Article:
The Welfare State and Life Transitions

The Welfare State and Life Transitions

A European Perspective

Edited by Dominique Anxo, Gerhard Bosch and Jill Rubery

This timely book reveals that new life courses are found to require more, and not less welfare support, but only Sweden has developed an active life course approach and only three more could be considered supportive, in at least some life stages. For the remainder, policies were at best limited or, in Italy’s case, passive. The contributors reveal that the neglect of changing needs is leading to greater reliance on the family and the labour market, just as these support structures are becoming more unpredictable and more unequal. They argue that alongside these new class inequalities, new forms of inter-generational inequality are also emerging, particularly in pension provision.

Chapter 3: Towards an Active and Integrated Life Course Policy: The Swedish Experience

Dominique Anxo

Subjects: economics and finance, welfare economics, politics and public policy, public policy, social policy and sociology, comparative social policy, welfare states

Extract

Dominique Anxo INTRODUCTION The Swedish model is based on a strong political commitment to the goal of full employment, price stability and to egalitarian ideals (Anxo and Niklasson 2006). Presented often as the ideal type of the so-called Nordic social democratic regime, the Swedish welfare state emphasises the principles of egalitarianism, de-commodification and individualisation (Esping Andersen 1990). In the whole spectrum of social policies, individualisation has been a key part of the Swedish universal welfare state. The basic principle of the institutional model is entitlement based on citizenship/residence. The individual, and not the family, has for many years been the unit not only of taxation but also of social benefits as social rights. The individualisation of Swedish social policy is further strikingly illustrated by the lack of social benefits awarded to women on the basis of their status as wives. Sweden stands out as providing one type of societal system based on high employment rates with only a small gender gap, a high incidence of dual-earner households, extensive and generous family policy, strong welfare support systems both for childcare and parental leave, and egalitarian wage structures, including low gender wage inequality. To a considerable extent the good employment records experienced by the Swedish economy during the last three decades are clearly related to the creation of a modern welfare state, a strong public involvement in the financing and provision of healthcare, social care and education and the related expansion of public employment. Individualised taxation systems in a context of high...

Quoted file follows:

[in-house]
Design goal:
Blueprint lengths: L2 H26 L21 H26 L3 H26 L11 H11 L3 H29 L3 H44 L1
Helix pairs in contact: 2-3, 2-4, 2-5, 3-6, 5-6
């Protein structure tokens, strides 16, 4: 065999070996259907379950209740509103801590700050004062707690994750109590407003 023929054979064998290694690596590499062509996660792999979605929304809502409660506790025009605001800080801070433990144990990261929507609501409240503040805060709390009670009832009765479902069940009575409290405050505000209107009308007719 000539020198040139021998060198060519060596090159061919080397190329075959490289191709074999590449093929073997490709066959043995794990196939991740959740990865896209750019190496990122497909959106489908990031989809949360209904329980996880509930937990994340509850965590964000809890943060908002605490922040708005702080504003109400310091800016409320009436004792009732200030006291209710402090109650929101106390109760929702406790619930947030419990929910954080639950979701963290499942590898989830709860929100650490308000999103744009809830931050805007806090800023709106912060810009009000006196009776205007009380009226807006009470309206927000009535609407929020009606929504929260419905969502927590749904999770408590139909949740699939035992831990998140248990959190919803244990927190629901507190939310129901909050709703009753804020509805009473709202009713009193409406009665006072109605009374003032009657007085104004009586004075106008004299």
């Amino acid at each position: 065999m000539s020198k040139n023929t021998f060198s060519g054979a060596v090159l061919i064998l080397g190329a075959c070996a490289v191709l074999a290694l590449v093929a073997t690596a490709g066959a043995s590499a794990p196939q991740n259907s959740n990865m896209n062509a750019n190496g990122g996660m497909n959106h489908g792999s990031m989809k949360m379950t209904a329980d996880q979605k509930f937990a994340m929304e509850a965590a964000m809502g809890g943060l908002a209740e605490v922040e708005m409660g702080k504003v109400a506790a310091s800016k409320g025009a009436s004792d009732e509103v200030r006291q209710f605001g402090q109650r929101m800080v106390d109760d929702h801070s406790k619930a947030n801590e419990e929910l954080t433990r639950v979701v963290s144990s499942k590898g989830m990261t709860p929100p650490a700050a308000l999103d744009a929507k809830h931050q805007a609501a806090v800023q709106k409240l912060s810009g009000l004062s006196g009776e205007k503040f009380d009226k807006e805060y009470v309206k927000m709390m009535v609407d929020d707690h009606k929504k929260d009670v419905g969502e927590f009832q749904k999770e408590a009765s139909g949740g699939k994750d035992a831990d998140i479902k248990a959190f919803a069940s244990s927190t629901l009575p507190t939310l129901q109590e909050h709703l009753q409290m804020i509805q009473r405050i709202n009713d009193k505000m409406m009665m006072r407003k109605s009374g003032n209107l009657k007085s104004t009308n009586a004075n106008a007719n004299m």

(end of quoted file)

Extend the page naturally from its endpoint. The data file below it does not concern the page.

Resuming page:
You are not authenticated to view the full text of this chapter or article.

Elgaronline requires a subscription or purchase to access the full text of books or journals. Please login through your library system or with your personal username and password on the homepage.

Non-subscribers can freely search the site, view abstracts/ extracts and download selected front matter and introductory chapters for personal use.

Your library may not have purchased all subject areas. If you are authenticated and think you should have access to this title, please contact your librarian.

Further information